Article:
Two final observations that may help shape conversation with men in light of my theory:

        – These criteria are vague, and that’s indeed the point. We are talking about the classes, i.e. the general expected result of engaging with the woman. When men refer specifically to the number of partners, virginity, life history etc., they are simply confusing the features for the classes. The concepts of “Good” and “Bad” woman are valid, what’s not valid is creating a simple relationship between the value of a feature (no. of partners) and a “good” or “bad” verdict. Men could be encouraged to understand the difference between these outward signs vs what they are truly seeking for (i.e. no trouble).

        – The existence of a class does not guarantee the real-life existence of objects that fit it. It may be that no “Good” women actually exist. In this case one should try to express this idea specifically, rather than challenge the concept of “Good” women itself.

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      • You are getting somewhere now, as I requested in the original essay, we have to define the constructs, which you just did. If we utilize your definitions of good vs. bad woman as
        Bad: “A “bad” woman is one that, absent any extreme efforts on part of the male, is very likely to cause trouble, where by “trouble” we mean any one of the most frequent ways in which a relationship fails and causes the male harm (i.e. divorce, drama, psychopathic behavior, humiliation).”

        Good: “A “good” woman is one for which this is thought unlikely, a woman that will generally follow the uncomplicated script that men have in mind when considering a relationship: produce kids, stay together, not cause trouble.”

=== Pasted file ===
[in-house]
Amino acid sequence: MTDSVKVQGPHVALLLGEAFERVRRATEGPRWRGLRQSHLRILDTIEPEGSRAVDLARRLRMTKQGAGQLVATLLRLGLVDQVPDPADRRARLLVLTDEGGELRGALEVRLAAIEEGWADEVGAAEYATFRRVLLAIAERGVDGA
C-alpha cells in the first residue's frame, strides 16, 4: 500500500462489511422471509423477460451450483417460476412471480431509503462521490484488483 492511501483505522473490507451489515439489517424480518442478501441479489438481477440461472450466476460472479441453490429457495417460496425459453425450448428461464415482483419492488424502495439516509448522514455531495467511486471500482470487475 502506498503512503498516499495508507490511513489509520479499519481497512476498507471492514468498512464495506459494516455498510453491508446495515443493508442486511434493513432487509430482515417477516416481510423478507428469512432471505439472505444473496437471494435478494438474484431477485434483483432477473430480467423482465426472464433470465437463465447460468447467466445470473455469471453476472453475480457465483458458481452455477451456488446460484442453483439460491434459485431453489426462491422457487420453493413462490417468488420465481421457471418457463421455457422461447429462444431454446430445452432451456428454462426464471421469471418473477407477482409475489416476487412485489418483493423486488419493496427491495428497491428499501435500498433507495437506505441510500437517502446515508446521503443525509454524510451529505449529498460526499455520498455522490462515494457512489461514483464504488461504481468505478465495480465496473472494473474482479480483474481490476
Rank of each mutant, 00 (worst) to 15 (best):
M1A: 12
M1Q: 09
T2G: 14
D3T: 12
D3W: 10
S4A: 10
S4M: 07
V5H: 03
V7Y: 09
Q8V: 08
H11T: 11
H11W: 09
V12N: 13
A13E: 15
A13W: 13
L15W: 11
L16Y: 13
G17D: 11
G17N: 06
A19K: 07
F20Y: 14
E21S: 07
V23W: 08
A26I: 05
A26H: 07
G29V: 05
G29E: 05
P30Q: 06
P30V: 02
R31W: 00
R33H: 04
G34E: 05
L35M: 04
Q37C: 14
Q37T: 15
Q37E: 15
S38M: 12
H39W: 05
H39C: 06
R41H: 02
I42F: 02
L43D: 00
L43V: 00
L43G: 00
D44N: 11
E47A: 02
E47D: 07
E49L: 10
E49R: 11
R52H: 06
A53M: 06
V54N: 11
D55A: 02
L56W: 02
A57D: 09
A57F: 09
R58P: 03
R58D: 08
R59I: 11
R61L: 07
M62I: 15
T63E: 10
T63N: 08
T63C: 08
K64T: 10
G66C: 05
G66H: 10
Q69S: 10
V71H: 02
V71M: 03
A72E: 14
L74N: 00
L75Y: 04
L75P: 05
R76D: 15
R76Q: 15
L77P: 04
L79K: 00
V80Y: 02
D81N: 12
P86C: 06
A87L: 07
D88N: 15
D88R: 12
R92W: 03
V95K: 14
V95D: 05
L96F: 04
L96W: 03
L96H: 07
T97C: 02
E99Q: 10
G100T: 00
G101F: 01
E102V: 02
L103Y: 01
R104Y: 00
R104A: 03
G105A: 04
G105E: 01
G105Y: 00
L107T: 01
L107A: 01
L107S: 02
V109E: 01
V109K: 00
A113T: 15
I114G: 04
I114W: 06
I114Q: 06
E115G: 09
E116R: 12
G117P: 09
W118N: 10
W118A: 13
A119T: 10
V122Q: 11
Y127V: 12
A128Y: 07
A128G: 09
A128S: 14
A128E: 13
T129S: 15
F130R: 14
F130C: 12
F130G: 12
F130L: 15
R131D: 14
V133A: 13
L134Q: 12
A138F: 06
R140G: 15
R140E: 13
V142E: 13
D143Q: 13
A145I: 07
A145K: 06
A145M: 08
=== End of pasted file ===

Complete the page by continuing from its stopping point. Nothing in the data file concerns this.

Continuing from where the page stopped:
Now we’ve defined the classes which is what I requested in the first place, in terms of probability. A good woman is one with a low probability of causing trouble for the desired outcome, a bad woman is one with a high probability of causing trouble for the desired outcome. If we go by fairly standard risk measurement, it’s probability and impact. I think it would be unrealistic to say that a good woman would never cause trouble, so we cannot set the probability to zero, however it would be reasonable to say that as you defined “divorce, drama, psychopathic behavior, humiliation” as examples of behavior that makes a girl bad, that the trouble caused by a good girl would be of lesser impact than those, thus we can conceptualize the two as:

        Good Girl: Low probability of causing trouble, but causes trouble that has low impact.
        Bad Girl: High probability of causing trouble, but causes trouble that has high impact.

        These are naturally the extreme outlier cases. If one were to conceptualize a normal distribution, the Good Girls as defined above (low probability/Low impact) are one outlier, the Bad Girls (High probability, High impact) are the other outliers and all other women lay somewhere along the distribution, clustered around the mean. In this distribution we would have Bad Girls (negative outlier), decent girls (mean) and Good Girls (positive outlier) and a range of girls in between these 3 categories.

        However, this is when we arrive at your two final observations, the criteria are vague and to some degree dependent on preceding definitions, for instance, you had to define both good girl and bad girl, in addition to the desired outcome for your definition to work. Namely the script “Long-term relationship with children” and the traits that would make a woman a good partner for such “not cause trouble”. You also defined trouble by outlining your bad girl definition with traits that would be negative for such a long-term union (divorce, drama, psychopathic behavior, humiliation).

        I agree with your final statement, and this was somewhat the point I was making, that depending on how exhaustive you make the list of observable traits and features it would necessarily increase or decrease “market size”. For instance, if one puts “virgin” as a criteria, that limits the market to women who have not had sex. If we limit it to “25 and younger” that further reduces the market and so on. The second point I was attempting to make is that the complete list of features a man designs in his head, in your case a fairly simple one “divorce, psychopathic behavior, drama, humiliation” will be a determinant in limiting the amount of women that belong to one of the 3 categories, this is where it becomes very complicated.